Marvel vs. Capcom

Everything About Fiction You Never Wanted to Know.
They surely want to beat the crap out of the other.[1]

"I'm gonna take you for a ride..."


The Marvel vs. Capcom games are a series of licensed Fighting Games made by Capcom, using the Marvel license. Encapsulating a total of seven games, it is by far the largest Capcom vs. Whatever series and the longest-running of them all.

The games of the series are the following:

Capcom also produced a couple of side-scrolling action games for the Super Nintendo Entertainment System around the same time. Namely X-Men: Mutant Apocalypse in 1994 and Marvel Super Heroes: War of the Gems in 1996.

Tropes associated with the series include:
  • All There in the Manual: Marvel vs. Capcom 1-3 do share continuity, but you wouldn't know it from playing them. In summary, a rift opens between the Marvel and Capcom worlds after Professor Xavier becomes Onslaught. The heroes eventually return to their respective worlds, but are periodically called upon again to fight bigger threats.
  • Attack of the 50-Foot Whatever: Apocalypse in X-Men vs. Street Fighter and Marvel Super Heroes vs. Street Fighter, Onslaught in the first Marvel vs. Capcom, two of Abyss's forms in Marvel vs. Capcom 2 (first and third), and taken Up to Eleven in Marvel vs. Capcom 3 with Galactus as the end boss.
  • Composite Character: Quite a few, all for the Rule of Cool.
    • Dante: The demon slayer is clearly his teenaged self from DMC3, with powers and abilities only from that adventure, but he seems to know Trish and his foe Mundus quite well, characters that only his a-decade-older self should've known.
    • Magneto: Capcom pretty much gathered every single power (except Psychic Powers) Magneto has ever had since his debut, so yeah, in the hands of some writters the Master of Magnetism indeed was capable of creating Force Fields that were not limited to deflecting just metal; attacking with Beams and Energy Blasts that were said to be just a Second Mutation of his already powerful control over magnetism. Simply put, Magneto isn't shown to have all these powers in the same continuity.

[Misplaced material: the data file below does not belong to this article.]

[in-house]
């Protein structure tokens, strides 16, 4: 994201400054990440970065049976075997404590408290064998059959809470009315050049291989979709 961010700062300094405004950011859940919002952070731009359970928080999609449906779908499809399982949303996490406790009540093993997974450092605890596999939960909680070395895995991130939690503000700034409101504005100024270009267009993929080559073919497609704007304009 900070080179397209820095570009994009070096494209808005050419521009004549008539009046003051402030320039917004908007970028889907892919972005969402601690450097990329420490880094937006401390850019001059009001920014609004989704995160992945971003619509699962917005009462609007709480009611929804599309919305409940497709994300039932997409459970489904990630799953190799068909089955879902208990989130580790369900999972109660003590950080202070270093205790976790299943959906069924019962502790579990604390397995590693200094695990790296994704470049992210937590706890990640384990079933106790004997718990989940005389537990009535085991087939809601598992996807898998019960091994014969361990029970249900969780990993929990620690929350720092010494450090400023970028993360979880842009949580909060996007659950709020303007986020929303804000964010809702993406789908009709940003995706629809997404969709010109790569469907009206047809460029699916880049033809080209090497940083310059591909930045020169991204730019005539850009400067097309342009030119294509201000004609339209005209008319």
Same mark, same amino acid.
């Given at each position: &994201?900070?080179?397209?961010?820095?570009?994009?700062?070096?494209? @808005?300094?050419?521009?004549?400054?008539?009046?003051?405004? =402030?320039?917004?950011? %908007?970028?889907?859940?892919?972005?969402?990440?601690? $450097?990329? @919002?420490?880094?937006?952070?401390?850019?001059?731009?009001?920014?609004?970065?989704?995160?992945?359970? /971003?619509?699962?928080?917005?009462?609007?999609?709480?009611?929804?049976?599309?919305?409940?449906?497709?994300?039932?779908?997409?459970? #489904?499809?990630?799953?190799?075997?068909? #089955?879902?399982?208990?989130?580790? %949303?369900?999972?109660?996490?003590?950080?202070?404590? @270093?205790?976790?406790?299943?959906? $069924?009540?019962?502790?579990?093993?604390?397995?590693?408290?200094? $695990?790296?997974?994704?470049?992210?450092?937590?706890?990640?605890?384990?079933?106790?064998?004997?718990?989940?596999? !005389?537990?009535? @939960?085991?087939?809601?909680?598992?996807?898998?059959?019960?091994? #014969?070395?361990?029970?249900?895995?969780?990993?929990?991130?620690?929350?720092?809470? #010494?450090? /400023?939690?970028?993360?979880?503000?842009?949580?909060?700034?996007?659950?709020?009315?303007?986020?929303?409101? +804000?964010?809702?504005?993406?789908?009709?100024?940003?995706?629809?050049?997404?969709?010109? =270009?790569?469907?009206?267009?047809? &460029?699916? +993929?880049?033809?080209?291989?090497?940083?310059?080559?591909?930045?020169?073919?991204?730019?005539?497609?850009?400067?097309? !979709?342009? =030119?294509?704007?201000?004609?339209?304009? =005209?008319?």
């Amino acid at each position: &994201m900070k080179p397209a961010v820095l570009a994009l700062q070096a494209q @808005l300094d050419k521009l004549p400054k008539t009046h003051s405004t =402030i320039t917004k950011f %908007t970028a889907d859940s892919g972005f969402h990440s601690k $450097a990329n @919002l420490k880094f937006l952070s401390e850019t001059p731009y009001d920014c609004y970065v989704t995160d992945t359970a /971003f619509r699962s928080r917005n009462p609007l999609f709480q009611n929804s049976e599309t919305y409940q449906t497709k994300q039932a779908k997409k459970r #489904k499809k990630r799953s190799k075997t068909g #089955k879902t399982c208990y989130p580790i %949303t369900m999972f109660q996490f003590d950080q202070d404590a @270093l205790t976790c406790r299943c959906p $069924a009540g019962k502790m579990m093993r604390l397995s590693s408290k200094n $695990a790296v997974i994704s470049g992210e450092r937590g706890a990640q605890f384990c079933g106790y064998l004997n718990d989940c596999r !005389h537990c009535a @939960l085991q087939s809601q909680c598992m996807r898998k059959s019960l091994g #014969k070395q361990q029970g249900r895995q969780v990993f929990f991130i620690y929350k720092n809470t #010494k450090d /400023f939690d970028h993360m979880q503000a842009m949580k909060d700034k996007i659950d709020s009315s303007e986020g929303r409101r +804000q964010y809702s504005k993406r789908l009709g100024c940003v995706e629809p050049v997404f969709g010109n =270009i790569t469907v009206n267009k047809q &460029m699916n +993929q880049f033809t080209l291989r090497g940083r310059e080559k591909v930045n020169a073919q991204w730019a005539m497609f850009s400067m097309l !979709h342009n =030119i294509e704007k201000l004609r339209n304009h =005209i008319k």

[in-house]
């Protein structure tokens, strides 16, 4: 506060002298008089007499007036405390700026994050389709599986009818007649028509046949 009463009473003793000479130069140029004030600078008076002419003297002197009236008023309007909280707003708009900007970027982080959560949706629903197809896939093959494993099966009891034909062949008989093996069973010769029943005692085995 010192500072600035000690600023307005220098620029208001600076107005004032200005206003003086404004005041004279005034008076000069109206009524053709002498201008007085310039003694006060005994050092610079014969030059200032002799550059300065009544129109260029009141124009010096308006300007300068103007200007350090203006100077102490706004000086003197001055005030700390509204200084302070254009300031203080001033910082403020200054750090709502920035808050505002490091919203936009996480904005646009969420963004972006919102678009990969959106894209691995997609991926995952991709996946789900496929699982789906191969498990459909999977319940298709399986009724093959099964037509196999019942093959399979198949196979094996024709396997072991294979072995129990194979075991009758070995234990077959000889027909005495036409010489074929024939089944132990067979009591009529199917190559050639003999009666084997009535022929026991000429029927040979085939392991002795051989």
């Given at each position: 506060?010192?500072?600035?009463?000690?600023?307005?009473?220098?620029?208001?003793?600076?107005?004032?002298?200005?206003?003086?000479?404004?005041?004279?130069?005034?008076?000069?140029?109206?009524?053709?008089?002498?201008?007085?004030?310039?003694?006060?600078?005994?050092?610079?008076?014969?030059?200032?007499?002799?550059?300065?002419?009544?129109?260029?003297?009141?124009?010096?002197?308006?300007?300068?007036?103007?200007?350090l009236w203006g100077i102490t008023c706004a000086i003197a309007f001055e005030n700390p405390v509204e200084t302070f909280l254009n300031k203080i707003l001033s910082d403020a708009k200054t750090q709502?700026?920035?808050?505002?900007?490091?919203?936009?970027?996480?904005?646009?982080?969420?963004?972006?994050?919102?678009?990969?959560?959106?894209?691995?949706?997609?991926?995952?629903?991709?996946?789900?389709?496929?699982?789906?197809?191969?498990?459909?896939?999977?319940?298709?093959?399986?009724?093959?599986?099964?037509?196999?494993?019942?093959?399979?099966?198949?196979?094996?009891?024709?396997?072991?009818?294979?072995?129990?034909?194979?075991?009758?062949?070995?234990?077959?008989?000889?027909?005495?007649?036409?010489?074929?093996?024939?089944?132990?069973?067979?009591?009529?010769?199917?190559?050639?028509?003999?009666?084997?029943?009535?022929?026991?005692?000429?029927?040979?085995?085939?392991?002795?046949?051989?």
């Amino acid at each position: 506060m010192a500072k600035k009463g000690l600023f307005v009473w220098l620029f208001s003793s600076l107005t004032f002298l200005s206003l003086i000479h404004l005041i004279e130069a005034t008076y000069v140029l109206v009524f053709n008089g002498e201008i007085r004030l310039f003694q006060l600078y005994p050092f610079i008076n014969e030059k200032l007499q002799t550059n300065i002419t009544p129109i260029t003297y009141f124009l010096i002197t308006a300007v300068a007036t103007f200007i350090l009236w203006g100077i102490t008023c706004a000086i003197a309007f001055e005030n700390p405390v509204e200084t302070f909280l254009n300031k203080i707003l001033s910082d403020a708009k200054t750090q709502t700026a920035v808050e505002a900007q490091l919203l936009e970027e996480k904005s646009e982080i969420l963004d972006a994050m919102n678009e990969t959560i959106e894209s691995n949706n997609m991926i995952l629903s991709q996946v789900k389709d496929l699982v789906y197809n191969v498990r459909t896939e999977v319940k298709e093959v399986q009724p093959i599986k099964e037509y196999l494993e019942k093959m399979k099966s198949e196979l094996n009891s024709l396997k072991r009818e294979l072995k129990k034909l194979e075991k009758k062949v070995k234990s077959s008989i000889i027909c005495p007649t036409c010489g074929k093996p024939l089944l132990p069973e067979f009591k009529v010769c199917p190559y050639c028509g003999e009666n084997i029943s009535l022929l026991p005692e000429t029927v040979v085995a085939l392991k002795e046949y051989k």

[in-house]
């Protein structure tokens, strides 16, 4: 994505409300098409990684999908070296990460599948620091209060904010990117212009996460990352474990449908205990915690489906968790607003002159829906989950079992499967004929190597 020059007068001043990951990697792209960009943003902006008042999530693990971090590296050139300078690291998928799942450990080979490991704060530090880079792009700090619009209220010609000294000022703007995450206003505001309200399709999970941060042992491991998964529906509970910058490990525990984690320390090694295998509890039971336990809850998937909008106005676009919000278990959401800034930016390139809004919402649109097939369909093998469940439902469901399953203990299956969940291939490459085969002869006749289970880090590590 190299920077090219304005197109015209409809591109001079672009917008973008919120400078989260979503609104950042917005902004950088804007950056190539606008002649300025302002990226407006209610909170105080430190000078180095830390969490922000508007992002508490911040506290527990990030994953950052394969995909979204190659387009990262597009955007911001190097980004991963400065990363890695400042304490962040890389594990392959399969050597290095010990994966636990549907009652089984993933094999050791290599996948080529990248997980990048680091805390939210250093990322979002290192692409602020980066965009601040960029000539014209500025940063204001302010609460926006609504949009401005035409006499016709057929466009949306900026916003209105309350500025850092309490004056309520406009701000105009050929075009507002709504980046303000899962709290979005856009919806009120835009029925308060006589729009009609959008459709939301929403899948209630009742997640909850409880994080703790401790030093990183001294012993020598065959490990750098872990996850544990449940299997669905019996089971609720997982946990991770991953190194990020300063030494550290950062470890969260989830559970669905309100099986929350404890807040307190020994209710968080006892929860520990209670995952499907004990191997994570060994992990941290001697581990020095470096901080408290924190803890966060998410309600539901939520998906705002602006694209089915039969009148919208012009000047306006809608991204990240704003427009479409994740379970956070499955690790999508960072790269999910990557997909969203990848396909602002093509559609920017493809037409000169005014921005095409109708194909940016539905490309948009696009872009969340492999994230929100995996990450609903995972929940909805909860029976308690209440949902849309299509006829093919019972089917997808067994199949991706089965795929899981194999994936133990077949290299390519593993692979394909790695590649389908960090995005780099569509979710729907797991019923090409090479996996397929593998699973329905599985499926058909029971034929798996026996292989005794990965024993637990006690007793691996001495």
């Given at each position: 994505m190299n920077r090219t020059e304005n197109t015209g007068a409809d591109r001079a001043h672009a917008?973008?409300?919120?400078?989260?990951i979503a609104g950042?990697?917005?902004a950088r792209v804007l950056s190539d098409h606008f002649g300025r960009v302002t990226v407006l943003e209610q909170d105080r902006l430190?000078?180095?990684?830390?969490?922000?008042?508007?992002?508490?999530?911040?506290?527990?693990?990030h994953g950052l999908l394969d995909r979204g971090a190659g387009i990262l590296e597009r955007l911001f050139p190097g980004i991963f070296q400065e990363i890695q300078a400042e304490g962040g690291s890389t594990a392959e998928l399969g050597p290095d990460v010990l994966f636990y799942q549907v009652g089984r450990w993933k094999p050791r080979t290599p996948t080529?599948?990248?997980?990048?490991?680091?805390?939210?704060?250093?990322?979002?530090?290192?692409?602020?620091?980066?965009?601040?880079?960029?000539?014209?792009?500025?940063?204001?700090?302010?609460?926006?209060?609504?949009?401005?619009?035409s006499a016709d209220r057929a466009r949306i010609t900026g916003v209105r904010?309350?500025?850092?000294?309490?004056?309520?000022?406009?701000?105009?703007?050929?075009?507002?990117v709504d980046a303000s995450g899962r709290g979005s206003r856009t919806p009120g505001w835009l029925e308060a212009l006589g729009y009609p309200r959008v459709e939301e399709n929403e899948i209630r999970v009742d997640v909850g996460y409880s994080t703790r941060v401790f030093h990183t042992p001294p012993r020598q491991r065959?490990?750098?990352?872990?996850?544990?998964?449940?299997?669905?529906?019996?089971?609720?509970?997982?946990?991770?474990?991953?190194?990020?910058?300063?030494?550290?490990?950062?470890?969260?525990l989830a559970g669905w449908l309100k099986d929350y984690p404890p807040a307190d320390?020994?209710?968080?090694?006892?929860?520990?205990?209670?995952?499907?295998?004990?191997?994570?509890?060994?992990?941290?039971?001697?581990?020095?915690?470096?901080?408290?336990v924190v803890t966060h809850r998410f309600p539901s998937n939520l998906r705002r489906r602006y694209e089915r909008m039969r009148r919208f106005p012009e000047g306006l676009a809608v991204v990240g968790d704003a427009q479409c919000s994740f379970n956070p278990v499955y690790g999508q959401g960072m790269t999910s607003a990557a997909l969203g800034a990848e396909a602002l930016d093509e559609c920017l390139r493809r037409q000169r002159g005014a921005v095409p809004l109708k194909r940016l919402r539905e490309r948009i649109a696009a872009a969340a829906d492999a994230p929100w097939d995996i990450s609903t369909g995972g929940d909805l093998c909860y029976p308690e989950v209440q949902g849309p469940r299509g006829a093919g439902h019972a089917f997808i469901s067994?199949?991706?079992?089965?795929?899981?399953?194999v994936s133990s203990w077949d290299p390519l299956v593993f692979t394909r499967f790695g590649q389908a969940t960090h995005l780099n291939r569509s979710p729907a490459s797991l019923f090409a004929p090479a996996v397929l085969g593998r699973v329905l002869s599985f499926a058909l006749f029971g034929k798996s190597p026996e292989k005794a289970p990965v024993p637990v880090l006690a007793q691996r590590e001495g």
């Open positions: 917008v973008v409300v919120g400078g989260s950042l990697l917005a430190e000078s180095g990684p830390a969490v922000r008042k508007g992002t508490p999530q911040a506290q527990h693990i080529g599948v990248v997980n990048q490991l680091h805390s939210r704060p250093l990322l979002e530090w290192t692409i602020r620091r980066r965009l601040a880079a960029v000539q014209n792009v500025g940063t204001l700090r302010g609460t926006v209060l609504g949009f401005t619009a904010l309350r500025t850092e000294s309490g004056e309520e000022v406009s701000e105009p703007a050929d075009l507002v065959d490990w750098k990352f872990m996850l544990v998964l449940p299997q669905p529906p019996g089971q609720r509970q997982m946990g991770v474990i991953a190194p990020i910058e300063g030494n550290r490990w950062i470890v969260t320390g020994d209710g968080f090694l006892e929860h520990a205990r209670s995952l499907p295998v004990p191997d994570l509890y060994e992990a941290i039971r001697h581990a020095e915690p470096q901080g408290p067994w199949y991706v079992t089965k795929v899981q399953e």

• Mega Man: The classic Blue Bomber has his set of copied powers from other Robot Masters (namely the Leaf Shield from 2 and Tornado Hold from 8), as well as the Mega Ball from 8 and the Mega Upper (seen in a secret, Street Fighter-style mini-game in 7 and Mega Man 2: The Power Fighters). Interestingly, he also uses the Rush Drill, a form of Rush that was intended to have been included in Mega Man 3.
    • Ryu: Basically, Ryu was all of his incarnations into one up to Marvel vs. Capcom 2; placing in order, Ryu's appearance is that of his young self from Street Fighter Alpha: white bandana, but his mannerisms (from his quotes) are that his older self from Street Fighter II and beyond, were he should have Ken's red hair ribbon as a bandana to simbolize Ryu's maturity and confidence in his strenght while he was troubled with it for his strugle with the Dark Hadou in Alpha, and he seems to know Sean from Street Fighter III quite well to offer training sessions in his ending for Marvel vs. Capcom Clash of the Superheroes, a character that Ryu will only meet half-a-decade later. Marvel vs. Capcom 3 came and gave Ryu his red bandana, pretty much fixing all the issues since that's the only notable change in Ryu's character during his journey.